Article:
. and not on the situation. >> the u.n. refugee agency agrees. >> there's more checkpoints in dara and a lot of fighting going on. as you can see, this is a quit location. this is an easier place to come through. >> it will take up to four days for the refugees to get screened, registered and taken to camp. the longer journey, however is yet to start. that is the search for security and human dignity in exile. >> more than 1,000 syrian refugees crossed into jordan in recent days. many walked six miles through the dessert. >> protests in ukraine are in the third week. widespread demonstrations in the capital started after the president backed away from an agreement with the european union. the deal w the deal was -- russia pressured them to sign a deal >> paying tribute to nelson mandela. a live report where a nation continues to honour the man they call father. >> plus, the changes ordered in the wake of last week's deadly commuter train derailment. >> i'm john henry smith. she them the money. someone has. it wasn't the yankees. details ahead in sport. >> start with one issue. add guests from all sides
the mold. jenna: we have the former ambassador to the u.n. speaking with us. so what does the state? >> well, i think that nothing less than the balance of power could be changing in front of our eyes. this assertion of the air defense identification zone extends over the territory well removed from the chinese mainland and in particular it covers islands that are held by anne claimed by japan. so there is a lot of aggressive territorial claims with how other countries respond to it. it will either be a success where they will back off. jenna: how are they doing so far? >> vice president biden was in japan before going on to china. while he said that the chinese declaration of this could lead to mistakes and was dangerous, he did not reject it explicitly, which you should have. the administration told the american civil air carriers to give china notification when their planes transit to avoid mistakes. japan and south korea have told their commercial carriers not to give notice. so anyway, we are acknowledging it. what we want is to resolve this peacefully, but i believe that china
ago, bill richardson, former u.s. ambassador to the u.n., he went to cuba hoping to bring alan gross out of cuba with him. they wouldn't even let him see alan gross. >> that's right. that's right. and he -- they got very upset with some of the words he used when he spoke. and so that was an excuse for him not to visit alan. >> so let's be precise. what would you like president obama to do? >> i think you'd have to ask him what it takes. i want obama to take alan seriously. to take the situation seriously. he's the leader of the nation. he's the one who can go to the state department, to go to the justice department. whatever department's involved and say, let's make this work. he could do it tomorrow if he wanted to. >> but they all have issued statements that they would like alan gross freed. they're doing what they can. but they're not about to release those four cuban prisoners in the united states, if, in fact, that is the cuban demand. >> we don't know if that's the cuban demand, and as far as i'm concerned, and excuse me for sounding angry, but all of those statements have noth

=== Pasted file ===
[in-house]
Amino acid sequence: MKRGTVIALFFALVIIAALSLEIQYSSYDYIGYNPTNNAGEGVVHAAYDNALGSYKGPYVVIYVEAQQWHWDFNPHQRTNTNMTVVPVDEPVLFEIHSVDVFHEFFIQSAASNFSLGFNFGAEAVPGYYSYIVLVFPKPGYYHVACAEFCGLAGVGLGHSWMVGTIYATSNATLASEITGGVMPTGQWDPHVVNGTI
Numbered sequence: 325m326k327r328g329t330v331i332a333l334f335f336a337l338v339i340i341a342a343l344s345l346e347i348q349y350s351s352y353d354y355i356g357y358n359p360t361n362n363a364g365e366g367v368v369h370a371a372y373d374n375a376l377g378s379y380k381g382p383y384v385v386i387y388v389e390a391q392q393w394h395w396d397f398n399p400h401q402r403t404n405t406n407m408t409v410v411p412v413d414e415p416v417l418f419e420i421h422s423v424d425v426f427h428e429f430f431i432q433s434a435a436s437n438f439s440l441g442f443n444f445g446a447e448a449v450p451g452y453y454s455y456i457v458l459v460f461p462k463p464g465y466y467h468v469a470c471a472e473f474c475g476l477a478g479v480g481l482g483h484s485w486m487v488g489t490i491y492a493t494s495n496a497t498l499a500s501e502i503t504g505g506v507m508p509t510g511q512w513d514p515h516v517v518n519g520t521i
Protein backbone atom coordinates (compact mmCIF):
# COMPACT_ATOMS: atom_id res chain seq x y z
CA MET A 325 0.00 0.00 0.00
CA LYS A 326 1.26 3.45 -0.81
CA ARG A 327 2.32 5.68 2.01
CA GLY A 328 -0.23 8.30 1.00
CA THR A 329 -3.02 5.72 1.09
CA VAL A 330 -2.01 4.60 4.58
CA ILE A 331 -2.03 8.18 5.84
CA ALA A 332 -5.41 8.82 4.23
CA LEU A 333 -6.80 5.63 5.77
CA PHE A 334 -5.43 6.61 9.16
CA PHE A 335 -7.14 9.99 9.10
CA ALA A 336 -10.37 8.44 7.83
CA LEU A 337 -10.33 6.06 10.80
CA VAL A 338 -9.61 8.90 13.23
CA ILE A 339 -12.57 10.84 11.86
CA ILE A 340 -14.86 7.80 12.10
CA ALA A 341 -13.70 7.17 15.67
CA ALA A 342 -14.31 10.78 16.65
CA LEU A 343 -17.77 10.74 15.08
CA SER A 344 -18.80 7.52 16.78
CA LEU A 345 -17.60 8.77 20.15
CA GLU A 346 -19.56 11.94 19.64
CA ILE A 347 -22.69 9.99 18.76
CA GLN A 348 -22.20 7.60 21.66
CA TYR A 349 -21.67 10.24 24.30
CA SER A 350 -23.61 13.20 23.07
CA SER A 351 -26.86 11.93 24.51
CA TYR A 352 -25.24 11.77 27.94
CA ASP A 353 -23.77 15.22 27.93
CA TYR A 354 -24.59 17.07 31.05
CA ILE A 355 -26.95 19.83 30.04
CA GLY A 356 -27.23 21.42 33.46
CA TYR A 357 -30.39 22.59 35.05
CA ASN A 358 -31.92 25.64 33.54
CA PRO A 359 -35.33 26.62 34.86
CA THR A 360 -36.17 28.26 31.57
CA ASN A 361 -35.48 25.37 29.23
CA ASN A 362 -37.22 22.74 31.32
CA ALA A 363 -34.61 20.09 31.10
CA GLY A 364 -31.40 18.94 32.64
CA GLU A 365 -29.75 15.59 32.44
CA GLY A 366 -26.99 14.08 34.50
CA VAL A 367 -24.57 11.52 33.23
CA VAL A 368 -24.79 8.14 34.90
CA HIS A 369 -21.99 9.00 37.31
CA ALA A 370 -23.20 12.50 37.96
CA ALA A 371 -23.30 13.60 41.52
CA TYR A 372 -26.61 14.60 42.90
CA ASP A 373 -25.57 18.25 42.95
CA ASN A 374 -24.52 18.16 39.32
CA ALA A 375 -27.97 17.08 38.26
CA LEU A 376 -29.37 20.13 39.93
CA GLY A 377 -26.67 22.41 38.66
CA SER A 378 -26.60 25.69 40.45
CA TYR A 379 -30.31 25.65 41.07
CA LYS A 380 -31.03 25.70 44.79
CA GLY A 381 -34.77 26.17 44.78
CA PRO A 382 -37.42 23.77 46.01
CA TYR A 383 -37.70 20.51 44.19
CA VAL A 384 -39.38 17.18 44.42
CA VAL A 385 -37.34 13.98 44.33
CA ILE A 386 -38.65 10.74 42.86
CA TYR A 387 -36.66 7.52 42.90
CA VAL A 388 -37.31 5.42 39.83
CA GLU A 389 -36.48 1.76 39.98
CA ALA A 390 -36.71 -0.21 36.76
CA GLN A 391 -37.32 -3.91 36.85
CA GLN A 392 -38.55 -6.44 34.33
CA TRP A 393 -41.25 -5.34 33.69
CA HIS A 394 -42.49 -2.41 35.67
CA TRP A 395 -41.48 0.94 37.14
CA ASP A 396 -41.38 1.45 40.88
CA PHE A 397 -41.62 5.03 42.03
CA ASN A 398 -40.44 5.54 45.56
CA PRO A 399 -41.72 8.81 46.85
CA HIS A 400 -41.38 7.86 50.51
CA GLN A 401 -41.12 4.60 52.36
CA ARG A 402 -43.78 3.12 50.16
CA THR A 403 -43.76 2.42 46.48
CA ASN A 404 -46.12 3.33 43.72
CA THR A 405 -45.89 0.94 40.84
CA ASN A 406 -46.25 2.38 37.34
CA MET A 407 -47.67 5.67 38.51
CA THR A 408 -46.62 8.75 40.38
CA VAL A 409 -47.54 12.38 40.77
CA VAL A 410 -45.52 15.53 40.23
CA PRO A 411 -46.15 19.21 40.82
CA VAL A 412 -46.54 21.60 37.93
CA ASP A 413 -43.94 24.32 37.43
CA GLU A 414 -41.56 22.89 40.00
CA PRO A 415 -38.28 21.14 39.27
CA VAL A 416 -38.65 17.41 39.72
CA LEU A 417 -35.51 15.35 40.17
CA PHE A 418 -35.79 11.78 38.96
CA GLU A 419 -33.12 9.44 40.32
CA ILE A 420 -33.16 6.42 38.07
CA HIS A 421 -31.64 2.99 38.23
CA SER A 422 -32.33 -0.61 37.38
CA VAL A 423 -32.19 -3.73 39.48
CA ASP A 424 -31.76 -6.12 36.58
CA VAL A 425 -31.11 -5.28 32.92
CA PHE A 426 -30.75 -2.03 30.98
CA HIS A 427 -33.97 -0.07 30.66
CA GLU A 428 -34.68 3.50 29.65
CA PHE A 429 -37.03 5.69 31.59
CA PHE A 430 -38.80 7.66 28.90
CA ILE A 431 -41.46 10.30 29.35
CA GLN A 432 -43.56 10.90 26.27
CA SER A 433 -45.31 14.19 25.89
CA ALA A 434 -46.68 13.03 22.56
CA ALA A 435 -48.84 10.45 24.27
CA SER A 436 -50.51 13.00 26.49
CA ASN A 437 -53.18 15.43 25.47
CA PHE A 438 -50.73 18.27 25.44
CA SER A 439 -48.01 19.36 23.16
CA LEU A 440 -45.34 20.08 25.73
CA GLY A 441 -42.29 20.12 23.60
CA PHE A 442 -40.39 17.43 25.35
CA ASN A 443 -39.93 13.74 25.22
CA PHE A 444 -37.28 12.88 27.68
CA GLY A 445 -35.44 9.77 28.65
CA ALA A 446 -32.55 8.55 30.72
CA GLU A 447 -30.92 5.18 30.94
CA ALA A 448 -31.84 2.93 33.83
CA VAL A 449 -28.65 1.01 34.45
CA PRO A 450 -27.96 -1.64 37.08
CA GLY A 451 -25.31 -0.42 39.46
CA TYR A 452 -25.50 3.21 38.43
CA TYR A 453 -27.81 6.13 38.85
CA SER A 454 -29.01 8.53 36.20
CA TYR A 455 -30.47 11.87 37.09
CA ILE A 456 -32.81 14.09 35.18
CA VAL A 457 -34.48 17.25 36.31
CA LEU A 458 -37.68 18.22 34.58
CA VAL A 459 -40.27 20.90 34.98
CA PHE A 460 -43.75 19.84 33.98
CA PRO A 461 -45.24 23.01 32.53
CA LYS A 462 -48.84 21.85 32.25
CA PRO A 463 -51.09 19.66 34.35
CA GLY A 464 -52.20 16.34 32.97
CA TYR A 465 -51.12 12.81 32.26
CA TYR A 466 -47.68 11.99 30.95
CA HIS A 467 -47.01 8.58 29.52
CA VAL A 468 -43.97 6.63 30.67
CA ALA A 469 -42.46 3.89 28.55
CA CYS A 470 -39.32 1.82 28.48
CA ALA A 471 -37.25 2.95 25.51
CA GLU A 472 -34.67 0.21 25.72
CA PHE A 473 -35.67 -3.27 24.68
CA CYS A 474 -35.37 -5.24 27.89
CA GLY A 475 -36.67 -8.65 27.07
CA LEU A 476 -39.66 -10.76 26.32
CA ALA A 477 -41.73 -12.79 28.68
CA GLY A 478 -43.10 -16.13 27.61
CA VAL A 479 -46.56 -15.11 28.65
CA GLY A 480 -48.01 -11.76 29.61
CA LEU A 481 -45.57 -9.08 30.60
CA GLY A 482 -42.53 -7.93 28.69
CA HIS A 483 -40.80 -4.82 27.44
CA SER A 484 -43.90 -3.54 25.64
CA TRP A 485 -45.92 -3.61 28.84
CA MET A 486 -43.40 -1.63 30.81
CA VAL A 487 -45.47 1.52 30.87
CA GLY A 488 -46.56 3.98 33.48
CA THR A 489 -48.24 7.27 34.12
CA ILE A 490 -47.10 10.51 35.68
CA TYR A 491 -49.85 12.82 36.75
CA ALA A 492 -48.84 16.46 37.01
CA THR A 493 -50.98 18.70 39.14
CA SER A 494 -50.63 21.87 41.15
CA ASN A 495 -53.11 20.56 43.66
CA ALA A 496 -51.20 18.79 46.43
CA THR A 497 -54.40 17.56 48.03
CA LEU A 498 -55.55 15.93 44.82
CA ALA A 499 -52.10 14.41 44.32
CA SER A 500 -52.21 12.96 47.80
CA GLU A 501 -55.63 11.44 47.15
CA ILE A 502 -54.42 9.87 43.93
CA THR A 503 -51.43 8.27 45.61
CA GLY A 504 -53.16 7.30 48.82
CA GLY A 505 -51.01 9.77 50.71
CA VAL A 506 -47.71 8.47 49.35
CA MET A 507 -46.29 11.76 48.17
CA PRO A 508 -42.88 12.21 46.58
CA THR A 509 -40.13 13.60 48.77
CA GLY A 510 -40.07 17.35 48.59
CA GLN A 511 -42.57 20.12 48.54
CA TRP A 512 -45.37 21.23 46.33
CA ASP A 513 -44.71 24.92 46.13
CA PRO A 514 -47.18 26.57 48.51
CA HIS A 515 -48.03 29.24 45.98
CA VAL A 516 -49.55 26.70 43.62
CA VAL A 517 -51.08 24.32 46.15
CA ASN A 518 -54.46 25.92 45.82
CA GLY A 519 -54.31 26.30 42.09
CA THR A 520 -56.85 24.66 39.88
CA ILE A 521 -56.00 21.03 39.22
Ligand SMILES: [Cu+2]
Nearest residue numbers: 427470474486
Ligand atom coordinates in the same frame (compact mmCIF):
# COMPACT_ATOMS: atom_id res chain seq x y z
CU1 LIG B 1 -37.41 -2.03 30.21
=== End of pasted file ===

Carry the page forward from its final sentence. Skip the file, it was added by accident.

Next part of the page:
. the top u.n. human rights official is linking bashar al assad to war crimes there. cnn's fred pleitgen has more. >> reporter: they are saying there's evidence of war crimes and crimes against humanity by the syrian regime and that responsibility goes all the way up to the office of president assad. the syrian government reacted saying they give no credibility whatsoever to what the u.n. is saying and that the human rights chief has talked, quote, nonsense in the poast. they say that rebels have committed war crimes as well. kate? >> fred, thank you for that. >>> a public health alert in hong kong this morning. the first human case of a new type of bird flu is being reported there after it killed dozens in neighboring china. pauline chao has the story. >> reporter: here in hong kong, authorities are on high alert after confirming the first human case of h7f9 case. she recently slaughtered and ate a chicken in the mainland chinese city of shengxen. human infections of the this strain of bird flu emerged in shanghai this year. back to you, kate. >> it's a killing that shocked britain and the
Search Results 0 to 13 of about 14 (some duplicates have been removed)